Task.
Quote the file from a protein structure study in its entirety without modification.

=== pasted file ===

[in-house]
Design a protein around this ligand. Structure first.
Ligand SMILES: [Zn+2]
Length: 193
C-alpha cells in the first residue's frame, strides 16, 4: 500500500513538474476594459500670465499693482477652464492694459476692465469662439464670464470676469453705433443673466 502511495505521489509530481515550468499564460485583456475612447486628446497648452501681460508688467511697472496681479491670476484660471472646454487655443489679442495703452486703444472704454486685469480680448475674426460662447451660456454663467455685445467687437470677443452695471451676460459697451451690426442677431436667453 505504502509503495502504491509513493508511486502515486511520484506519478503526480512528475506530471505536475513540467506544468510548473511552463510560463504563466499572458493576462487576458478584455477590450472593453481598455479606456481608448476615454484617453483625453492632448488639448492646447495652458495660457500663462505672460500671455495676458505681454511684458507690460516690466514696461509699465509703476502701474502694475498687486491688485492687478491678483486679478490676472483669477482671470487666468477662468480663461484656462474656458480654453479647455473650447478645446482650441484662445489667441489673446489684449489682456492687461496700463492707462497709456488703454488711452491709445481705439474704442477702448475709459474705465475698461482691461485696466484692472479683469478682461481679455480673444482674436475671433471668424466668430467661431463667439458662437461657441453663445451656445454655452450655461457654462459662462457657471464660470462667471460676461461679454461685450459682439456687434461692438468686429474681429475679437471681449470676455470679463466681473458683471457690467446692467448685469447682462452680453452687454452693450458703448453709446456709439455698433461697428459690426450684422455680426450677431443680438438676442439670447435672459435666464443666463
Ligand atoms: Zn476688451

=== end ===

[in-house]
Design a protein around this ligand. Structure first.
Ligand SMILES: [Zn+2]
Length: 193
C-alpha cells in the first residue's frame, strides 16, 4: 500500500513538474476594459500670465499693482477652464492694459476692465469662439464670464470676469453705433443673466 502511495505521489509530481515550468499564460485583456475612447486628446497648452501681460508688467511697472496681479491670476484660471472646454487655443489679442495703452486703444472704454486685469480680448475674426460662447451660456454663467455685445467687437470677443452695471451676460459697451451690426442677431436667453 505504502509503495502504491509513493508511486502515486511520484506519478503526480512528475506530471505536475513540467506544468510548473511552463510560463504563466499572458493576462487576458478584455477590450472593453481598455479606456481608448476615454484617453483625453492632448488639448492646447495652458495660457500663462505672460500671455495676458505681454511684458507690460516690466514696461509699465509703476502701474502694475498687486491688485492687478491678483486679478490676472483669477482671470487666468477662468480663461484656462474656458480654453479647455473650447478645446482650441484662445489667441489673446489684449489682456492687461496700463492707462497709456488703454488711452491709445481705439474704442477702448475709459474705465475698461482691461485696466484692472479683469478682461481679455480673444482674436475671433471668424466668430467661431463667439458662437461657441453663445451656445454655452450655461457654462459662462457657471464660470462667471460676461461679454461685450459682439456687434461692438468686429474681429475679437471681449470676455470679463466681473458683471457690467446692467448685469447682462452680453452687454452693450458703448453709446456709439455698433461697428459690426450684422455680426450677431443680438438676442439670447435672459435666464443666463
Ligand atoms: Zn476688451